By P.D. Smith
While writing City: A Guidebook for the Urban Age, two ideas were at the forefront of my mind. First I wanted to celebrate one of humankind’s greatest achievements. Cities are remarkable technological and architectural creations. It’s easy to forget this, especially if you have spent your life in cities. I wanted the book to convey something of the awe that Heinrich Heine experienced on arriving in what was, in 1827, the greatest city on earth:
‘I have seen the greatest wonder which the world can show to the astonished spirit; I have seen it, and am more astonished than ever – and still there remains fixed in my memory that stone forest of houses, and amid them the rushing stream of faces, of living human faces, with all their motley passions, all their terrible impulses of love, of hunger, and of hate – I am speaking of London.’
Second, I wanted to highlight the importance of history. For all their amazing infrastructure, cities are human environments. As you walk through a city, you become aware of the traces of countless past lives. The proto-Situationist Ivan Chtcheglov has expressed this rather beautifully: ‘All cities are geological and three steps cannot be taken without encountering ghosts’. From the faded remains of old advertisements painted on walls (ghost signs) to the echoes of age-old dreams of a shining city on a hill in street plans and architecture, cities are rich storehouses of human history.
Nowhere is that more apparent than in the twelfth-century basilica of San Clemente in Rome. If you go down into the crypt, you can walk along the nave of a church built before AD 385. But venture deeper still and there is a nearly two-thousand-year-old temple to Mithras. In the chill gloom of this subterranean space, the ghosts of the city become an almost tangible presence.
By the end of the nineteenth century, London was the largest city the world had yet seen – a sprawling, smoky metropolis of more than six million people. Britain was the first country in which more than half of the population lived in cities. But it was not until the beginning of the twenty-first century that the world as a whole crossed this threshold. Now the largest city is Tokyo, a megacity of some 36 million people, slightly more than live in Canada. In the coming decades, Mumbai will probably exceed even this once unimaginable scale.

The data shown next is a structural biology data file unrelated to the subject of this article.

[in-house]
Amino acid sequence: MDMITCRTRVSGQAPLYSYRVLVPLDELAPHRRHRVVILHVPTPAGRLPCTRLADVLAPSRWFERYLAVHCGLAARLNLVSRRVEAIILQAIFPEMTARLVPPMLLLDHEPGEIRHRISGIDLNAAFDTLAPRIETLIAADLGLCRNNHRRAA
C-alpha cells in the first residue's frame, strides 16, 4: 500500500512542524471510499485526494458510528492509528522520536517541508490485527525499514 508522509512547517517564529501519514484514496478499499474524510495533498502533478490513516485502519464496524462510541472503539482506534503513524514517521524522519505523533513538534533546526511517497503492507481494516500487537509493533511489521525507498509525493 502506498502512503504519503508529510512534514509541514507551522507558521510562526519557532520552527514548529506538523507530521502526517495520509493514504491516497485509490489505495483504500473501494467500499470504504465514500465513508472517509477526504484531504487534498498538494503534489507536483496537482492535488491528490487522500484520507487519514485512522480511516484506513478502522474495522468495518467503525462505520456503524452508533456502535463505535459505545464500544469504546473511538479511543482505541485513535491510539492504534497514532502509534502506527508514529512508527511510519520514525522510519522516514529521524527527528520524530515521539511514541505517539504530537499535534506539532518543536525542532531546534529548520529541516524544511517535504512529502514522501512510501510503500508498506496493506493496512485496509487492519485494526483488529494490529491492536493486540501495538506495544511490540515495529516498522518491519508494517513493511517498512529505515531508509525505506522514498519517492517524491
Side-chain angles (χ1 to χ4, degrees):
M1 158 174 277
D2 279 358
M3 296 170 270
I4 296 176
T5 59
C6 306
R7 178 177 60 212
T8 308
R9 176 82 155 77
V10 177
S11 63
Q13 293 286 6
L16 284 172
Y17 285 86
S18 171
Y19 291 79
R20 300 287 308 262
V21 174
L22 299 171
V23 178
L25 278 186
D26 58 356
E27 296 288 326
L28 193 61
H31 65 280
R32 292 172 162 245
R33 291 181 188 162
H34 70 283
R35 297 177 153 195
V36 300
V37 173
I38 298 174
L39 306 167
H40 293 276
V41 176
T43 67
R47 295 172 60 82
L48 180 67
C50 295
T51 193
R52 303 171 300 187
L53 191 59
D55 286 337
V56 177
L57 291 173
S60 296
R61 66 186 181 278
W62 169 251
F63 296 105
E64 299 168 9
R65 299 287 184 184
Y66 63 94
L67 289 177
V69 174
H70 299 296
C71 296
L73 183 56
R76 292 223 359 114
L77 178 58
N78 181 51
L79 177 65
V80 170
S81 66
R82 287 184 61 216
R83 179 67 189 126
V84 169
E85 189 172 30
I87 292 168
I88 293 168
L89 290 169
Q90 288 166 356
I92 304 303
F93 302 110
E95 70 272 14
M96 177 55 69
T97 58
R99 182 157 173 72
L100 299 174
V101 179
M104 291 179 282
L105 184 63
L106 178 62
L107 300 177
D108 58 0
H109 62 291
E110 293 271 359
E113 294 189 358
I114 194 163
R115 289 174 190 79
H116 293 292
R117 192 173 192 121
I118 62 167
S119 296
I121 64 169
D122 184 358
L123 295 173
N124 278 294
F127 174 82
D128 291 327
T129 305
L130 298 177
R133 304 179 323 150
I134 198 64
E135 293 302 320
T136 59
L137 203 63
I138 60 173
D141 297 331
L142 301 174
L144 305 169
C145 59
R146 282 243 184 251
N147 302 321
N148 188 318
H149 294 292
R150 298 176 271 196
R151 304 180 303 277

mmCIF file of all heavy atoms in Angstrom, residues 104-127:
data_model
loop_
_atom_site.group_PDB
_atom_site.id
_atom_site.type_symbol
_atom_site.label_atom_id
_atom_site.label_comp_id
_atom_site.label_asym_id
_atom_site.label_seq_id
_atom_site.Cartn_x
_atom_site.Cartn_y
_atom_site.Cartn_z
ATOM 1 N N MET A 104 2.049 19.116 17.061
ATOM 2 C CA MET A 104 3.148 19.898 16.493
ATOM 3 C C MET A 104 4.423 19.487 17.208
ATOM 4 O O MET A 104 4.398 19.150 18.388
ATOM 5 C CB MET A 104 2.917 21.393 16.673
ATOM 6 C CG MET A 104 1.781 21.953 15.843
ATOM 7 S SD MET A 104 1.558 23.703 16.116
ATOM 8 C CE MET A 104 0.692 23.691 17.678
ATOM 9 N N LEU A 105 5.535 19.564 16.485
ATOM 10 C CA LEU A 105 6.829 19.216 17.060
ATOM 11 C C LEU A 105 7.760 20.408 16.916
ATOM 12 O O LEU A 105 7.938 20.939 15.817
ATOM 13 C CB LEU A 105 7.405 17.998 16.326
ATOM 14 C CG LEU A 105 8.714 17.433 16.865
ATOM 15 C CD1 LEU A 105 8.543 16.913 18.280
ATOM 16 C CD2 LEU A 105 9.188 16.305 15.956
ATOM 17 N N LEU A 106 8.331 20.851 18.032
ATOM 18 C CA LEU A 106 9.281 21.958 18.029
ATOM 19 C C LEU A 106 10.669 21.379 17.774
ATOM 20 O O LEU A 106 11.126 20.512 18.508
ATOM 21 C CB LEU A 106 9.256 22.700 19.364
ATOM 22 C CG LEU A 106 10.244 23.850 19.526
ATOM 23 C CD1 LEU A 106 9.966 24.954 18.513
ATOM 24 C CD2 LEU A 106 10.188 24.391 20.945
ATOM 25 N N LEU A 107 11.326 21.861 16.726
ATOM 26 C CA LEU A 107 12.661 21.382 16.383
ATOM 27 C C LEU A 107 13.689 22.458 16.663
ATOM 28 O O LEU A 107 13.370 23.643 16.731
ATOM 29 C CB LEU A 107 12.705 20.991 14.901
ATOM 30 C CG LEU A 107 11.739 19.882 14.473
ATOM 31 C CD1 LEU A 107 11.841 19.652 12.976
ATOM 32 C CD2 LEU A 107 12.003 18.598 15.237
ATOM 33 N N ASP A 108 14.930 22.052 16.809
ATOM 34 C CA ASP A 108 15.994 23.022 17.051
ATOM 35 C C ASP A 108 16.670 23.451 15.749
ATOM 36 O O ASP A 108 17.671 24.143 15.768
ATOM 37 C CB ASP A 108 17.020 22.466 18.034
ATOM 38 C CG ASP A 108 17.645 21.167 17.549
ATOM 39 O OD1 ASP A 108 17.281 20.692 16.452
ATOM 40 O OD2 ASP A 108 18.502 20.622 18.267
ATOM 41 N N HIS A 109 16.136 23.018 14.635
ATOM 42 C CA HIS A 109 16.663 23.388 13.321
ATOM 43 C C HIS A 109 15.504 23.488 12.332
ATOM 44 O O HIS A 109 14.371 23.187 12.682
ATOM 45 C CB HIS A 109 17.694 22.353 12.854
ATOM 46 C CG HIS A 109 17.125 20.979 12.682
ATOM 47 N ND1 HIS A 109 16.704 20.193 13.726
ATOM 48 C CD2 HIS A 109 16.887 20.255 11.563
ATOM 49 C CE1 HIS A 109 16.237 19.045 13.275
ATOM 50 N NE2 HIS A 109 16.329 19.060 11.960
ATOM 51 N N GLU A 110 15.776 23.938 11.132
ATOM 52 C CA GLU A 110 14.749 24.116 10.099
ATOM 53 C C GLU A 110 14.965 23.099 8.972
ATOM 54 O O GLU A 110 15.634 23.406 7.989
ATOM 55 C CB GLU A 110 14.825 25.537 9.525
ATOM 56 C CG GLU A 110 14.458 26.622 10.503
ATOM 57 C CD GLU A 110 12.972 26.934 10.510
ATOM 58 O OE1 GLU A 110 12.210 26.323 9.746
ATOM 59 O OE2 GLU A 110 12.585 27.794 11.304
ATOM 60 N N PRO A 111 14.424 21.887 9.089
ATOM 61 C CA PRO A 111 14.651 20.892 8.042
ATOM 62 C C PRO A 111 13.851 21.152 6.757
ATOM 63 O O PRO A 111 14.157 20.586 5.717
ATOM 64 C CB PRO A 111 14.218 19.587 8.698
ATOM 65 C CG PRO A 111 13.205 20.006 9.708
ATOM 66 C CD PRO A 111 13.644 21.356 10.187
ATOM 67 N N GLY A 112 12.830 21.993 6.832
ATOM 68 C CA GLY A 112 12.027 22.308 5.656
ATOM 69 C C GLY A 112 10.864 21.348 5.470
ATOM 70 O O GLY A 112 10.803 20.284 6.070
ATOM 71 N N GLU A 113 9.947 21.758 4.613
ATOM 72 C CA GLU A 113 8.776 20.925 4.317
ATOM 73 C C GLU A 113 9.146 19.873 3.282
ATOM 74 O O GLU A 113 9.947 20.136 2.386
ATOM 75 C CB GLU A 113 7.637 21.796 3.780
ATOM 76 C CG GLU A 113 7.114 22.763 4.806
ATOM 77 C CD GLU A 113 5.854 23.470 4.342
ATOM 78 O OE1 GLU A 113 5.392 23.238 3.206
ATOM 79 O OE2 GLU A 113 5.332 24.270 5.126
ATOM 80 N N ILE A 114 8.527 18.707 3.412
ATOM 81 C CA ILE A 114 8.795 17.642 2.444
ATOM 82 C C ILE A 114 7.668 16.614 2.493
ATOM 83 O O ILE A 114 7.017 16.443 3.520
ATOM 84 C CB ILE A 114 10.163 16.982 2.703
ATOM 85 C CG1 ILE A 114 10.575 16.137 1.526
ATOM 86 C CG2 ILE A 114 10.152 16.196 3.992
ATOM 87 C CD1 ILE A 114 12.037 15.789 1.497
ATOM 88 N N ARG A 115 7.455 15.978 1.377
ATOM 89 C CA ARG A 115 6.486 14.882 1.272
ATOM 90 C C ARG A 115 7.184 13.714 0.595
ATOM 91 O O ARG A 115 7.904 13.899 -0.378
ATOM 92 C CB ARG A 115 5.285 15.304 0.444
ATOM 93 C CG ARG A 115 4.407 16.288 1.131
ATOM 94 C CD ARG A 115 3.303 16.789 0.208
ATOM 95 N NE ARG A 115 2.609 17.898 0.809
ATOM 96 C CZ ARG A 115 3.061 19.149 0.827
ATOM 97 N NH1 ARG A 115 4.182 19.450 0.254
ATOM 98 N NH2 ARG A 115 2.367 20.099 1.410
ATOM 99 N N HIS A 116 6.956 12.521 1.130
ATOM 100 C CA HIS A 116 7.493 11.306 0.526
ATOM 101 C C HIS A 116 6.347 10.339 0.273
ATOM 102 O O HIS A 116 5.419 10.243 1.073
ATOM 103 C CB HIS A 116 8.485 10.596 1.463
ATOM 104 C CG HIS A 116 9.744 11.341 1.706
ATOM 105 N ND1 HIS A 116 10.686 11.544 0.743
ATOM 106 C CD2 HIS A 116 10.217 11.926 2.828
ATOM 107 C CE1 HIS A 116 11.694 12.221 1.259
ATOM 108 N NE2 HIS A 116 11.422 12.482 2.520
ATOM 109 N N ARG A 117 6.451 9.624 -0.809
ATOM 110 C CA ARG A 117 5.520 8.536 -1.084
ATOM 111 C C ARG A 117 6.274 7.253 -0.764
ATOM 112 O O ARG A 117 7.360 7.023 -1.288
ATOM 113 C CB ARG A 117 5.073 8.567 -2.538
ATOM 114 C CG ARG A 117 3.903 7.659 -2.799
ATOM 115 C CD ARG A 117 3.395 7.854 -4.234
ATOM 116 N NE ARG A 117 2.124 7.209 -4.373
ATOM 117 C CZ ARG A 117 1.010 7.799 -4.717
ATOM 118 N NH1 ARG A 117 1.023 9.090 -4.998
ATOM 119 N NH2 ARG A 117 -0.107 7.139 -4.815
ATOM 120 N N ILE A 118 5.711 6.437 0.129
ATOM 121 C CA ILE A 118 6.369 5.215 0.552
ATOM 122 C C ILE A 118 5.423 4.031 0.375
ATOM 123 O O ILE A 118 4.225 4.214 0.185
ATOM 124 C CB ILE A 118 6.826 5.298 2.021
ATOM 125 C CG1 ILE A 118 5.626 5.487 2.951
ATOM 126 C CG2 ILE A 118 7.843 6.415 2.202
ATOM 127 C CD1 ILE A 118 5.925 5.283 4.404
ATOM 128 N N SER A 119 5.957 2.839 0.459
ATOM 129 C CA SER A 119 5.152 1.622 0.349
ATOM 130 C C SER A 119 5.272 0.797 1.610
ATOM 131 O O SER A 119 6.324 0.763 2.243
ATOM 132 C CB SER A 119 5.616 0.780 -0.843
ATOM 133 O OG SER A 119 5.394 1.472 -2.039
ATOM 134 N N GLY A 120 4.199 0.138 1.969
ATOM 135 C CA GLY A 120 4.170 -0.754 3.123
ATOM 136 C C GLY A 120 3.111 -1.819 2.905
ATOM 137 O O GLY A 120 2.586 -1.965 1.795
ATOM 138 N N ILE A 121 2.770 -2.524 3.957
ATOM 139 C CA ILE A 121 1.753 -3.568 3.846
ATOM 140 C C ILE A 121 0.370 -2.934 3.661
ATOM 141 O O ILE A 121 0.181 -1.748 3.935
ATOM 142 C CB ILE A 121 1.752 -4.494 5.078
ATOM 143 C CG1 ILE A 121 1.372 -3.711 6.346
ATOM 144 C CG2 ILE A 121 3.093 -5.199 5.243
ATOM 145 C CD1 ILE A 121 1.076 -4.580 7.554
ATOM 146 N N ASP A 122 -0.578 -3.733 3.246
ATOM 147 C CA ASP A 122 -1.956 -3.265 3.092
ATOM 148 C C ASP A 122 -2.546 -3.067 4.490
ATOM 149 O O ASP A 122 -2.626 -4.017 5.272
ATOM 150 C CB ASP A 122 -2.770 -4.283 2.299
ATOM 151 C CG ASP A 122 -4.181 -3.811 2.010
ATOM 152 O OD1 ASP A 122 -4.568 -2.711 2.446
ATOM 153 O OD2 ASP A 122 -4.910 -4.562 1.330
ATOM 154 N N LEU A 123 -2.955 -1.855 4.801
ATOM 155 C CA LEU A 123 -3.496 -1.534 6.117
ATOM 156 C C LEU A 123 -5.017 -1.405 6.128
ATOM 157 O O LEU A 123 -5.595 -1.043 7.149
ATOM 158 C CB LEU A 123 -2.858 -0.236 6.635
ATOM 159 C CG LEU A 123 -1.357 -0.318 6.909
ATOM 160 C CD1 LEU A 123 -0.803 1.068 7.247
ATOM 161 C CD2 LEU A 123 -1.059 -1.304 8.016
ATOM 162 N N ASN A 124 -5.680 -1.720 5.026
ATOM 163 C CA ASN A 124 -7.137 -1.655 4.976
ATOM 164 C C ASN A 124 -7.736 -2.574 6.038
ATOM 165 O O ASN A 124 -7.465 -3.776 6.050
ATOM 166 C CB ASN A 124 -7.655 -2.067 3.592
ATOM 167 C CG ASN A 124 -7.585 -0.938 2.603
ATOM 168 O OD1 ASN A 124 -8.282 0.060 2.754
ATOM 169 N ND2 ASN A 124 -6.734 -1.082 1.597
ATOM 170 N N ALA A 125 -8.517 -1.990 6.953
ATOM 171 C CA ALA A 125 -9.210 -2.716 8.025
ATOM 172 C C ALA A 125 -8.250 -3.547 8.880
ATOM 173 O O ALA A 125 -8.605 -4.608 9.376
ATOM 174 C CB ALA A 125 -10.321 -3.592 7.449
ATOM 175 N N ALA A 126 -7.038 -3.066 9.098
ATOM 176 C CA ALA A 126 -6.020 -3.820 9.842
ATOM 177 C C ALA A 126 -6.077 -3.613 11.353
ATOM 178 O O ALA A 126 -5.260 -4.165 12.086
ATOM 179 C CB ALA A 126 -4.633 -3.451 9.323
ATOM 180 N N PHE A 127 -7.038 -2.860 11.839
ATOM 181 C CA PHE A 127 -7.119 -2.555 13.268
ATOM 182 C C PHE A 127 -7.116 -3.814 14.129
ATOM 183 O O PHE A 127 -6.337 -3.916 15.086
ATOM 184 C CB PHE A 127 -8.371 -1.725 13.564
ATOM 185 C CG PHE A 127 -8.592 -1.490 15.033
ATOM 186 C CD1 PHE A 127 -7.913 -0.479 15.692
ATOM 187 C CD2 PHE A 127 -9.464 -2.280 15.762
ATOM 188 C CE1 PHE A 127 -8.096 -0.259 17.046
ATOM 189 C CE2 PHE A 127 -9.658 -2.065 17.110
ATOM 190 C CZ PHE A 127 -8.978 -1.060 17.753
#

The world is entering an unprecedented urban age. Cities will face huge problems, such as megaslums, climate change, and dwindling fresh water supplies. But cities have had to deal with slums and with environmental crises before. The earliest cities in Mesopotamia also had to contend with a changing climate. Unfortunately, their attempts to deal with it through irrigation schemes ultimately proved fatal – a clear warning to us from the past.
The fate of these first cities is a reminder that, in time, even the greatest cities return to the dust from which they emerged: Ur, Babylon, Mohenjo-daro, Tenochtitlán and others. When we walk through today’s streets, beneath our feet lie yesterday’s cities and I hope my book shows how much we can learn from our urban past.
P. D. Smith is the author of four books, including Doomsday Men: The Real Dr Strangelove and the Dream of the Superweapon. He is an Honorary Research Associate in the Science and Technology Studies Department at University College London. His website is www.peterdsmith.com.
Image: Ur, view of the ruins, 1932. Library of Congress, Call Number: LC-M33- 4697 [P&P].